In IBD, ROS are produced in abnormally high levels and this leads to destruction of the mucosal barrier [4]. The damaged intestinal mucosal barrier allows highly immunogenic luminal bacterial to enter the normally sterile sub-mucosa layer. Bacterial antigens initiate an immune response and a destructive cascade follows [8].

The paraoxonase (PON) gene family includes PON 1, PON 2, and PON 3. They are all located on chromosome 7 in humans. All PON genes encode for proteins that have an antioxidative function. Among all of them, PON 1 is the most studied. It is expressed in liver, intestines, lungs, and brain. It was first studied for its organo phosphatase activity, but it has several other enzymatic activities, including peroxidase and arylesterase like activity which act to detoxify reactive oxygen species, and lactonase which acts to inhibit bacterial quorum sensing by degrading the bacterial signal molecules such as homoserine lactones [9].

In a recent study, upon inactivation of PON 2 in epithelial cells , an increase in superoxide dismutase, decrease in catalase activity, and up regulation of pro-inflammatory factors (TNF a, IL6, and monocyte chemo attractant protein1) were observed suggesting that PON 2 functions as an antioxidant and anti-inflammatory agent [10]. Another study showed that PON 2 protects intestinal CaCo2 cells against iron-ascorbate induced oxidative stress [9-11]. In addition to its antioxidant and anti-inflammatory roles, PON 2 has the highest lactonase activity among the PON genes. PON 3 acts as an antioxidant, and also has lactonase activity.

Previous studies have shown decreased PON 1 and 3 gene expression in diseased intestinal tissue of patients with inflammatory conditions such as IBD. Those studies were performed on adults, age >18 years. Patients who participated in the studies were those with known or suspected IBD. No studies were performed on medication naïve patients. Precourt et al. [12] studies the effect of oxidative stress on PON gene expression in CaCo2 cells, using iron-ascorbate. Lim and Kim [13] used NIH3Ts cells to study the effect of dexamethasone only on the expression of PON 2 Mrna. In this study we investigate both effects of oxidative stress using H2O2 and steroids on all PON gene expression in human intestinal tissue as well as CaCo2 cell line.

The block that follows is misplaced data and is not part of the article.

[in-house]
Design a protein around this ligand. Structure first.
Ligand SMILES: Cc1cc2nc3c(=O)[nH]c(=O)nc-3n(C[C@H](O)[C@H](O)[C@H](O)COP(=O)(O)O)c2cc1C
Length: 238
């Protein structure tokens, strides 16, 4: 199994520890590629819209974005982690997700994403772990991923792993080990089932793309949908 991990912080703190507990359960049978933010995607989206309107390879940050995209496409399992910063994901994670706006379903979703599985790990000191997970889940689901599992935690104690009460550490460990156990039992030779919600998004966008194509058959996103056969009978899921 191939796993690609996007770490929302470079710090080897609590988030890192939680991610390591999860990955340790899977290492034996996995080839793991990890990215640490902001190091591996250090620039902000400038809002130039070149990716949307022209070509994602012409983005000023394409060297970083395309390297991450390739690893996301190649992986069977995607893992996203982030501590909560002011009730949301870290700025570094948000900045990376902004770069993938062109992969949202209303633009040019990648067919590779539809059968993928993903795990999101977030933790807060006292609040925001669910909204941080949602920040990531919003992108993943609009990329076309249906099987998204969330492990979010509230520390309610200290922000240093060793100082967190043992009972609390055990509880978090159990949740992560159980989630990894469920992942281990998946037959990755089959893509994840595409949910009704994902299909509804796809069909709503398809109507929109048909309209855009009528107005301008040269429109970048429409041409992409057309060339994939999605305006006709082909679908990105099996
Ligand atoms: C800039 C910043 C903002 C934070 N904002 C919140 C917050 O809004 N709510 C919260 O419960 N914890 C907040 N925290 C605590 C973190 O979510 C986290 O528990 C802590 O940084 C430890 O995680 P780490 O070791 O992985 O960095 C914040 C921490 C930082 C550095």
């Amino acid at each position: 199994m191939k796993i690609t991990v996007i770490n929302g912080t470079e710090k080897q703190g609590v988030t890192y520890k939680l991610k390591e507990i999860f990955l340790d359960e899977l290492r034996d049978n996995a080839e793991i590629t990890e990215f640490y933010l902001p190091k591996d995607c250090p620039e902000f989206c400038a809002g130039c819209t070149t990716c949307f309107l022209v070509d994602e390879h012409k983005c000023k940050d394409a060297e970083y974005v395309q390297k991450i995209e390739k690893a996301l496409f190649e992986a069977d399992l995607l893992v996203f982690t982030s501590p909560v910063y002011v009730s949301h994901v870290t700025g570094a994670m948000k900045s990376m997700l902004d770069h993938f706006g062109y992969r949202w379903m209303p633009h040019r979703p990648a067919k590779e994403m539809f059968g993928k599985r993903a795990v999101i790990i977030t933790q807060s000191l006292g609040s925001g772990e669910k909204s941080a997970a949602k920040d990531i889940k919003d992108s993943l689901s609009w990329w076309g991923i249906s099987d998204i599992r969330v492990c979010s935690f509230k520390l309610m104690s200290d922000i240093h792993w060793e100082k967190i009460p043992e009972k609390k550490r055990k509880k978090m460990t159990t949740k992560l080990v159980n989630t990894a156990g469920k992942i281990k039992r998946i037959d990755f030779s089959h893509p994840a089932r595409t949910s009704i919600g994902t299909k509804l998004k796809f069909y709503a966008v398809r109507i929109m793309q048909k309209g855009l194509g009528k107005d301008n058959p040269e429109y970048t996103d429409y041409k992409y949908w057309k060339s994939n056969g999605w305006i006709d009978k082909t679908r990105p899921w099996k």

Our goal was to study the PON gene expression in intestinal tissue of pediatric patients with IBD. Our hypothesis was that medication naïve patients with IBD have decreased PON gene expression and thus lack their protective antioxidant and anti-inflammatory effects.
 
Materials and Methods

Patients

The study was approved by the Children and Youth Institutional Review Board, University at Buffalo, Women and Children’s Hospital, Buffalo, NY.

All patients, 1-21 years, were enrolled at the time of upper endoscopy and colonoscopy performed from 2010-2012. The procedures were performed to evaluate symptoms of abdominal pain, diarrhea, bloody stools, weight loss, polyposis screening, or as a follow up for established IBD. IBD patients included in the study were those who had clinical and radiographic findings consistent with IBD, and their procedure revealed typical endoscopic and histologic features of IBD. We included medication naïve patients as well as patients on steroids. Two patients who had indeterminate colitis were excluded from the study; none of the screened patients had infectious colitis.

Age and sex matched control subjects were selected from those who had normal biopsies from colonoscopy, normal imaging studies, and negative IBD panel (including perinuclear anti neutrophil cytoplasmic antibody, Anti-Saccharomyces cerevisiae antibodies, outer membrane protein C, myeloperoxidase, and serine protease antibodies) and no other indicators of IBD. Those patients were diagnosed with constipation, reflux, or irritable bowel syndrome.

Biopsies from the terminal ileum (TI) and sigmoid colon (SC) were obtained from each patient. Weight and height were obtained at the time of procedure. Body mass index (BMI; kilograms per square meter) and BMI Z score and height Z score were determined using EPI-INFO anthropometric software. Disease activity was scored using the Pediatric Crohns Activity Index [14] or the Pediatric Ulcerative Colitis Activity Index [15].
 
Gene expression analysis of PON

Tissue biopsies obtained at the time of colonoscopy were treated with RNA later (Qiagen, Valencia, CA) and stored at -80°C. RNA was extracted from these biopsies with RNeasy and treated with RNase-free DNase I set (Qiagen, Valencia, CA). Complementary DNA was synthesized with the iScript cDNA synthesis kit (Bio-Rad Laboratories, Hercules, CA). Quantitative real-time PCR was performed on an iCycler iQ real-time detection system (Bio-Rad Laboratories, Hercules, CA), using SYBR Green (iQ SYBR® Green Supermix; Bio-Rad Laboratories, Hercules, CA) for real-time monitoring. For normalization purposes, GAPDH RNA levels were analyzed in parallel with PON 1, 2 and 3 [16]. The presence of a single specific PCR product was verified by melting curve analysis, presence of a single band on agarose gel electrophoresis, and confirmed by direct sequencing of the PCR products.